The Port of Singapore Authority runs one of the most technologically advanced ports and information technology is the tool behind making it the most efficient port in the World (lee Partridge, Teo and lim).The Country is in severe lack of land hence, the efficient utilization of existing land is crucial for the port and this was achieved by the sophisticated technology used in the port. This is a good example of overcoming physical limitations by the proper utilization of information technologies. The information system in port of Singapore is separated into three levels (applagate, dustin, and macfarlan, 2003). The Singapore experience shows how IT can reduce the consequences of disadvantages; Singapore cannot dramatically increase its land area, but it can and has used IT to increase the capacity of its constrained physical resources to run a large Port. Singapore’s strategy of supplementing its location and harbor with manmade resources has overcome the limitations of the natural resources to create a Port whose location, harbor, infrastructure, and operations and information technology combined are rare, valuable, inimitable and no substitutable. While Operations and Information Technology has helped reduce labuor in some instances, reduce time and increase quality, its major contribution has been to create flexibility. This flexibility allows Port of Singapore Authority to enlarge the capacity of the Port to handle more ships and cargo. In this way, operations and information technology take on a role comparable to physical infrastructure; one can expand a Port physically to provide more capacity, or one can employ technology to increase the volume of cargo handled by an existing physical infrastructure. The combination of space restraints and Operations and Information Technology innovations increased productivity as well. Because the Port’s land area is small, yard cranes and prime movers have shorter distances to travel than in physically larger Ports, while Operations and Information Technology applications help make efficient use of stacked containers. The case points out an important characteristic of operations and information technology; it can be used to expand capacity without adding investment in plant and equipment or physical space. Technology helps the firm utilize assets more effectively. This same principle applies in other settings as well; a railroad can reduce the need for new locomotives through systems that monitor their mechanical condition, and systems that provide more efficient scheduling of trains. A manufacturing company can increase the capacity of its plants through better production control and scheduling systems. (John et al.)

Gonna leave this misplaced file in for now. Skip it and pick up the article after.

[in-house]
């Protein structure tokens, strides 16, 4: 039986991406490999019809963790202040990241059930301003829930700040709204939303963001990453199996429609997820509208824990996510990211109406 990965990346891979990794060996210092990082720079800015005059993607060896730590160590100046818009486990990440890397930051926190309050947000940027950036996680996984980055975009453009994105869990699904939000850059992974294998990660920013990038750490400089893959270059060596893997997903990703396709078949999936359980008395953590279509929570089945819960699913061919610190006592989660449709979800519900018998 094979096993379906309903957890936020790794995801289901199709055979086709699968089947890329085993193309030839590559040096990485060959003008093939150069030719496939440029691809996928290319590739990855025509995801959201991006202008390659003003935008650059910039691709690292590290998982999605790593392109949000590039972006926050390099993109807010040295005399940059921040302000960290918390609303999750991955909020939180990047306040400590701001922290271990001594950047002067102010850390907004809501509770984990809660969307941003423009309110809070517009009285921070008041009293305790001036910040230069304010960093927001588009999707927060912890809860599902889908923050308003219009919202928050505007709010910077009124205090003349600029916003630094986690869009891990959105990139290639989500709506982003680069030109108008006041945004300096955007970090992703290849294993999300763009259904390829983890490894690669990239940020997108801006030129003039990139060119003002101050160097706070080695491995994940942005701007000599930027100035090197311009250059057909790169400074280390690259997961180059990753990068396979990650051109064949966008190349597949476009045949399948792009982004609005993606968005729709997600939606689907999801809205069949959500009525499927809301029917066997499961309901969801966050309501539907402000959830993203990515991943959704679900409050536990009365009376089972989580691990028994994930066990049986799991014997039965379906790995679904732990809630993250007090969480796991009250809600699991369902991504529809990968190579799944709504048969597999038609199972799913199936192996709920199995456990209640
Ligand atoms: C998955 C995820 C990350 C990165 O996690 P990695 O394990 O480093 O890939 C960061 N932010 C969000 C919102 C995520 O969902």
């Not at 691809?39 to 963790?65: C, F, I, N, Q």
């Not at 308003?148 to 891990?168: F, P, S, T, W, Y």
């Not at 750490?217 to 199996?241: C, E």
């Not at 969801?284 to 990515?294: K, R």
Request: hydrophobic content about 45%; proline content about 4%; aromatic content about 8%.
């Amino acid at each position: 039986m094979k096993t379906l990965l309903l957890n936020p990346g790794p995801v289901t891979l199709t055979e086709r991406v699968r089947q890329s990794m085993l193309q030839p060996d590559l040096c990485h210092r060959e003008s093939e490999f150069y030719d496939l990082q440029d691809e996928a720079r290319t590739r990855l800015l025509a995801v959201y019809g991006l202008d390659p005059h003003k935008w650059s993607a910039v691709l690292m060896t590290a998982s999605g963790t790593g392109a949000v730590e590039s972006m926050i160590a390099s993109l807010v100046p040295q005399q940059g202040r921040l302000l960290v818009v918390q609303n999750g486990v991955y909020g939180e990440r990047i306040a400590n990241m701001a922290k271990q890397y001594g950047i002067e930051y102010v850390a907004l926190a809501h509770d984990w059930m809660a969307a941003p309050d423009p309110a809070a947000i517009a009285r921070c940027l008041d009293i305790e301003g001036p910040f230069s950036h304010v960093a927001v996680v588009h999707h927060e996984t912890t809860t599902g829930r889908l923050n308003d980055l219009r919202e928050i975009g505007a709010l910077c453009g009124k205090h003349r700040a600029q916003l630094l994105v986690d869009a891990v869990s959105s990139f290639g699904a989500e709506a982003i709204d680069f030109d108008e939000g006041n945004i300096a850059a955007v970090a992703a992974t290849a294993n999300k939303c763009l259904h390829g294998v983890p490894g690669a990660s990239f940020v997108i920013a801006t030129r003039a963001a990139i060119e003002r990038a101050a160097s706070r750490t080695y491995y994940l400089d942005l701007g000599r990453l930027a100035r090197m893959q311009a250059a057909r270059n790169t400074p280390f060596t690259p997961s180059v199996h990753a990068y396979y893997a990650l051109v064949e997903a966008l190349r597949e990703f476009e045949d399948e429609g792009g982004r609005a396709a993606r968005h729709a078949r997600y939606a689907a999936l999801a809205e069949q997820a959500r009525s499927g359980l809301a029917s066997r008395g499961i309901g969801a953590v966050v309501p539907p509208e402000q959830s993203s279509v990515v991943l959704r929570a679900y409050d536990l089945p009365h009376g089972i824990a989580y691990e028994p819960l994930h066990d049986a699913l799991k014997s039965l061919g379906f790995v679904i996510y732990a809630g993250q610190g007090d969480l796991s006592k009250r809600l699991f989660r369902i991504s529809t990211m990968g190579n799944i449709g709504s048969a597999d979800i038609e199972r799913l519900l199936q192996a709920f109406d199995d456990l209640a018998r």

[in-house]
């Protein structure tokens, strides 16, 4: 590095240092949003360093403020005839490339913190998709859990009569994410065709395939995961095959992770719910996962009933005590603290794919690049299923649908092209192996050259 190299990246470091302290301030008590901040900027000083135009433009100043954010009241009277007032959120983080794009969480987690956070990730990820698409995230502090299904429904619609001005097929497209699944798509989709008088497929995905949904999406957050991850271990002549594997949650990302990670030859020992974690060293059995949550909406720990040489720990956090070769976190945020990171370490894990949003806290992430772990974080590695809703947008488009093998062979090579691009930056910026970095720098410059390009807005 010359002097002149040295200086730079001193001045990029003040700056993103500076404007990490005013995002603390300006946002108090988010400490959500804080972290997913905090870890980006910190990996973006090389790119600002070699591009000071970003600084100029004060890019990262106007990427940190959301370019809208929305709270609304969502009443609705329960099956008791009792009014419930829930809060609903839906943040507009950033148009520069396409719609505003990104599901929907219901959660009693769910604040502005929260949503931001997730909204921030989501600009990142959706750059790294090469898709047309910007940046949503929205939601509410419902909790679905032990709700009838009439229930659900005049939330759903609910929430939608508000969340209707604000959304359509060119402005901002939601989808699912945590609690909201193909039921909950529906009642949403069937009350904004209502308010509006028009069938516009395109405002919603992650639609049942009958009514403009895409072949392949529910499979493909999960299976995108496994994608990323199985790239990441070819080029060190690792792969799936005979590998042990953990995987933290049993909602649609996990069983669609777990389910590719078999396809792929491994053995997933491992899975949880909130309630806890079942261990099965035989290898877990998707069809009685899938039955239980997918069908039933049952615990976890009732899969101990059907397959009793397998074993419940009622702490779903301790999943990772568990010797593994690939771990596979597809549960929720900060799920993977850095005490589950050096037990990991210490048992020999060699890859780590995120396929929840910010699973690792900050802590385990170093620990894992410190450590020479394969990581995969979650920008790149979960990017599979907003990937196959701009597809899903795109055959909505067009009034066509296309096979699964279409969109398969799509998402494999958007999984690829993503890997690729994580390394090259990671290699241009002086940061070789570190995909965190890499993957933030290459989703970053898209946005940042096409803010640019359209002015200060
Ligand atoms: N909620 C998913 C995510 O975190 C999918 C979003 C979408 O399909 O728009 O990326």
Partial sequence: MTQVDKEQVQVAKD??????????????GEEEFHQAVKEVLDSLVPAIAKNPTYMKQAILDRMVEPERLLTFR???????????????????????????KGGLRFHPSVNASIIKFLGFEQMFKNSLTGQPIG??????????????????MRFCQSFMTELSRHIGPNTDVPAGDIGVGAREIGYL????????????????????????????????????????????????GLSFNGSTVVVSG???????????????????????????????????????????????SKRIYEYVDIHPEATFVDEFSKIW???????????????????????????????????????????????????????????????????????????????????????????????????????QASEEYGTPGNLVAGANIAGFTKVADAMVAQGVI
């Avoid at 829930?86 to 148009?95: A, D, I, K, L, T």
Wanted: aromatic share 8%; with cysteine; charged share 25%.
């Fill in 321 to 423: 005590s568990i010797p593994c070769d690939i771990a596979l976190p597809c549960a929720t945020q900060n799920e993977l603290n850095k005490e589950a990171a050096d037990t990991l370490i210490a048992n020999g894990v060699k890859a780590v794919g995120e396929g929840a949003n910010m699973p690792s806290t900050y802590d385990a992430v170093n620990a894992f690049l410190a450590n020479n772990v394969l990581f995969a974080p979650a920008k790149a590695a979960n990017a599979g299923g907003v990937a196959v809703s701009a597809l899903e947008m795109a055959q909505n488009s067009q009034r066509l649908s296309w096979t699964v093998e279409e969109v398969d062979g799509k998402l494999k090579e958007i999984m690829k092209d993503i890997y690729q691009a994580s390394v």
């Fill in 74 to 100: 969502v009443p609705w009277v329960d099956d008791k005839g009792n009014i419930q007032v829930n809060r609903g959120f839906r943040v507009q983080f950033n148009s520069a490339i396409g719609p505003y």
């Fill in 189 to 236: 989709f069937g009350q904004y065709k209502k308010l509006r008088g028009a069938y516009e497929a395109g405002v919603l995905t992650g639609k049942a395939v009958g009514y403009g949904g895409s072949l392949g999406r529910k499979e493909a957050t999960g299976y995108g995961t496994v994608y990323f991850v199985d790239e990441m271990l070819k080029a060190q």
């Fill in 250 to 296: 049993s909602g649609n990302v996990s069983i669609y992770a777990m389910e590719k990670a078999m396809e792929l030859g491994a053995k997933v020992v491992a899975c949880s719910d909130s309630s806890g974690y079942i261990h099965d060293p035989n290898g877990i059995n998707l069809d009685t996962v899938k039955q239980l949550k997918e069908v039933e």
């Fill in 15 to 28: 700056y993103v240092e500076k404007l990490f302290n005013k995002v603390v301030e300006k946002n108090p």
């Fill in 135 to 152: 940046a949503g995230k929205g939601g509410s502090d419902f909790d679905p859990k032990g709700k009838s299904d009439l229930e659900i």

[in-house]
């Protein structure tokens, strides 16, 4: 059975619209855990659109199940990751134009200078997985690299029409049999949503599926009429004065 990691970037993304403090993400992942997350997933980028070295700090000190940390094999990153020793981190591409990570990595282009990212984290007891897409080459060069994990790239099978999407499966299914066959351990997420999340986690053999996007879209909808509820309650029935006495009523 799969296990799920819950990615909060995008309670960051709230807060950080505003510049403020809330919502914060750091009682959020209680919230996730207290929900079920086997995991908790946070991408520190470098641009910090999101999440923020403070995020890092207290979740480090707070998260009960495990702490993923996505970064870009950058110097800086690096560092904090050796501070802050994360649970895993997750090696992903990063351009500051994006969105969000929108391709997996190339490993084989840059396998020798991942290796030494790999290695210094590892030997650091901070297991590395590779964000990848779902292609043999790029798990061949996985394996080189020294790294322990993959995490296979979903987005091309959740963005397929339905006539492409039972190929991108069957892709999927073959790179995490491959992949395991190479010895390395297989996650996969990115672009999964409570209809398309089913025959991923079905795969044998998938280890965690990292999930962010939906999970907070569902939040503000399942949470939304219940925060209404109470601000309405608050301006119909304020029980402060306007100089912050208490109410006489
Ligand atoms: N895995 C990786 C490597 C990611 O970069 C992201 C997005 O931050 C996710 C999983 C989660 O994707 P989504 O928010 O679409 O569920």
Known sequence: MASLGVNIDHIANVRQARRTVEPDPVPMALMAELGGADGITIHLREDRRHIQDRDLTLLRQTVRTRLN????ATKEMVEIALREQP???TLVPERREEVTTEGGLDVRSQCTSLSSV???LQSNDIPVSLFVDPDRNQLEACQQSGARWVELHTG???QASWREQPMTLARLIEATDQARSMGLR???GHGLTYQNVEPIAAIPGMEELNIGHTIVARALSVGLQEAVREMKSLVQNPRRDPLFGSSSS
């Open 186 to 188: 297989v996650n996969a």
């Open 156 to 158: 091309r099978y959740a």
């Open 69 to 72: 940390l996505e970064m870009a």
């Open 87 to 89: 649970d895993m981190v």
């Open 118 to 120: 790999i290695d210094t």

Port of Dar es salaam and Mombasa port